My older brother sent me this article recently – it’s a revisiting of the old fruit juice / sugar debate. As I say, this is hardly a new area of disagreement, but is interesting nonetheless, and fits in nicely with some of my recent posts on sugar and the five a day message. I couldn’t help but notice one of the comments underneath the article, stating:
‘This disjointed approach to healthy eating is counterproductive. We are hit by isolated messages that say eat this, don’t eat that – and then every organisation wants to get their opportunity to gain some media attention to make some point or other.
There are four organisations giving advice in this article – no wonder the message doesn’t get through.’
I do have some sympathy for this guy! Most of the time, I quite like the neutral way in which the BBC presents its science stories, but in this piece, Action on Sugar, Public Health England, the World Health Organisation and the British Soft Drinks Association are all given a mention, as well as quotes from other individuals. Rather than clear things up, it simply clouds the message and doesn’t really help the reader.
That being said, this whole debate gets to me a little, in that it’s really not very complicated! People have jumped on the idea of ‘five a day’, so why is it so difficult to understand that only one of these can be from fruit juice? This advice reflects the fact that a small (150ml) portion of juice can be healthy and a useful provider of vitamins, but we should not regularly exceed this, due to the high sugar content. Pretty straightforward, I would say.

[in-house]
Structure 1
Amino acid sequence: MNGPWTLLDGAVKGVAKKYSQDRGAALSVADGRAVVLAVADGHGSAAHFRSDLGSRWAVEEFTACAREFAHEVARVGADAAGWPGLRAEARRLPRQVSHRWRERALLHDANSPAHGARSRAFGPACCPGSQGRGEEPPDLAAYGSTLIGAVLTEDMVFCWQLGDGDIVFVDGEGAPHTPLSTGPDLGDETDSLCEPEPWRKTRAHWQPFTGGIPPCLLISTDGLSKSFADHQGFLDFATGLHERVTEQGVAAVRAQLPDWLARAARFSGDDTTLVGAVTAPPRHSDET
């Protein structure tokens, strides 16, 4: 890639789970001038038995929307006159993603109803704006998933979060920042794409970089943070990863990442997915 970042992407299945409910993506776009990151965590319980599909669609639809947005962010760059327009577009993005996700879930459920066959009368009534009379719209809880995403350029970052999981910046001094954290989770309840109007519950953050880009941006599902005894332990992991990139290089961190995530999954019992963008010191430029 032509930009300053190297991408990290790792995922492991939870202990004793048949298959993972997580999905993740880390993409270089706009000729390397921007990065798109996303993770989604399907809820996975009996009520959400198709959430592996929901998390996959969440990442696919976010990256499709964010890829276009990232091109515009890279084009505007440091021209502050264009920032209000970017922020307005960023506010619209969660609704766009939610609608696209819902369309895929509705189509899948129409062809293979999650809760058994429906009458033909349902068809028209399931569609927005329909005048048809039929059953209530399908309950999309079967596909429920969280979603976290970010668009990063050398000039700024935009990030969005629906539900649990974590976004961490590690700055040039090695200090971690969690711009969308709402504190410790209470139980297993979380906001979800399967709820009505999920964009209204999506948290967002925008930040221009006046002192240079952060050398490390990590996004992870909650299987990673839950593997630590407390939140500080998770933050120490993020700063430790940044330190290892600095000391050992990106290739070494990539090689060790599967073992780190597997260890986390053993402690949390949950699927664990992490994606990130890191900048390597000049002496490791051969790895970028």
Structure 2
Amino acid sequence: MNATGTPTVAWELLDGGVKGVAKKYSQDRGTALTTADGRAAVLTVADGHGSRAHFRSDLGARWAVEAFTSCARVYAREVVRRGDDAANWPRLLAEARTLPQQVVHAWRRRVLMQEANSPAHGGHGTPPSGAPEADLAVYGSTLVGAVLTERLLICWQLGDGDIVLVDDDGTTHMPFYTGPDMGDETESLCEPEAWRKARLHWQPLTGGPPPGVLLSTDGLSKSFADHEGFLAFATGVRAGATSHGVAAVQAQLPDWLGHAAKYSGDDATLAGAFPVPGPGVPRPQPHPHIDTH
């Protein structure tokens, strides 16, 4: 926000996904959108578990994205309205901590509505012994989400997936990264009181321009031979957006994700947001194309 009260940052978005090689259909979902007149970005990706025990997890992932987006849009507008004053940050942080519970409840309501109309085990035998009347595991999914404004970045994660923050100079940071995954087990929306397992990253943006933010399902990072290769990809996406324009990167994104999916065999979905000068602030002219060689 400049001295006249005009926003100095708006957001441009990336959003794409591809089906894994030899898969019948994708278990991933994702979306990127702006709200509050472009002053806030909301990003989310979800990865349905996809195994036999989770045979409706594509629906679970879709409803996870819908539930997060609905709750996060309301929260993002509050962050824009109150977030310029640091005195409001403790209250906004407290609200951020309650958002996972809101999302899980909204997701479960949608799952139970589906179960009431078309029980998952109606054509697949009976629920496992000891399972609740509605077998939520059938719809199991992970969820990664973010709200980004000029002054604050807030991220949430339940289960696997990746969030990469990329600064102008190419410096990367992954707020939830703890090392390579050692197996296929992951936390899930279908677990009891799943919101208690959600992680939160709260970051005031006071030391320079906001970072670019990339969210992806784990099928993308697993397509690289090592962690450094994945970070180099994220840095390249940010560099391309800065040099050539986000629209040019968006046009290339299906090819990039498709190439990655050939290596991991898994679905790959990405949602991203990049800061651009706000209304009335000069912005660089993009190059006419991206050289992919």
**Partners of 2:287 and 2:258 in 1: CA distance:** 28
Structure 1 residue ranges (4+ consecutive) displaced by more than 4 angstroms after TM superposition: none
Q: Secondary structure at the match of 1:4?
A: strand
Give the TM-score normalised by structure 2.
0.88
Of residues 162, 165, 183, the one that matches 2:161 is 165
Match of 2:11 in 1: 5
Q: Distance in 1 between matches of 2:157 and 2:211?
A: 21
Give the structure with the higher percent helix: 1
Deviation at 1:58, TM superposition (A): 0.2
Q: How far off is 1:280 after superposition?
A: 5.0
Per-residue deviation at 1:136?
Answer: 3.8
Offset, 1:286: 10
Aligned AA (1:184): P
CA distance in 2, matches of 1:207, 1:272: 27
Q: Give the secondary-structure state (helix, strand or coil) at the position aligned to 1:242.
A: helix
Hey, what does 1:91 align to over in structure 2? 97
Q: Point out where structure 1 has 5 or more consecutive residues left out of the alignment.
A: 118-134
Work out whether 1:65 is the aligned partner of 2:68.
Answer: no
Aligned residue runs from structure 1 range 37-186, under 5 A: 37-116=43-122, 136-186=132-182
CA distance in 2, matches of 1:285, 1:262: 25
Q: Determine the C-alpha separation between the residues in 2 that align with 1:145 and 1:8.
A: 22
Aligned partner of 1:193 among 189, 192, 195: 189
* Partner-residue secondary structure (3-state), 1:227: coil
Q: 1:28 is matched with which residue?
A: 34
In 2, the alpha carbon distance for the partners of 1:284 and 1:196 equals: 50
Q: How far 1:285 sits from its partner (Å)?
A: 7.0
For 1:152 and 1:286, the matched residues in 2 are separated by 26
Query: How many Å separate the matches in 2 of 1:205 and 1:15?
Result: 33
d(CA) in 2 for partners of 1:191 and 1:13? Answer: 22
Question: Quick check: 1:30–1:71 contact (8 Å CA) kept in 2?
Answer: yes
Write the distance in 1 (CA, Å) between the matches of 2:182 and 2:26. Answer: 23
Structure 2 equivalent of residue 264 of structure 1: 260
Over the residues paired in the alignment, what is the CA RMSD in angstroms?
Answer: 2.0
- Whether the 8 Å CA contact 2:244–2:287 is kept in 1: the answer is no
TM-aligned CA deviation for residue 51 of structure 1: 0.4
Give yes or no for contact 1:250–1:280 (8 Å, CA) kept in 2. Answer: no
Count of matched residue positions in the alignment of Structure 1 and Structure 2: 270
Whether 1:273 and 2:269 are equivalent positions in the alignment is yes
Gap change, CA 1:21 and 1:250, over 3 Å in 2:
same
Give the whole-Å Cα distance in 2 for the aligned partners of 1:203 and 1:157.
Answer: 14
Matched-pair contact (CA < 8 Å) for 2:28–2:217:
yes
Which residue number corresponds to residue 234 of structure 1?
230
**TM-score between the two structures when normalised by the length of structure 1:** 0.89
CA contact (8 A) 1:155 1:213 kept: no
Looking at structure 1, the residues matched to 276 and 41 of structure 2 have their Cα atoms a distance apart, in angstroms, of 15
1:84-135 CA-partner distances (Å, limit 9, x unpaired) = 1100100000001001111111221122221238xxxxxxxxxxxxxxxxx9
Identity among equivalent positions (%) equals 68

I really don’t think the whole message should be changed – as this article is contemplating – simply because people choose to ignore it. Moderation has always been at the very essence of healthy, balanced diets, and this is just another example. Yes, it requires a little self control, but it would be nice to think that we are all capable of that. Balance and control are, after all, the key to good health.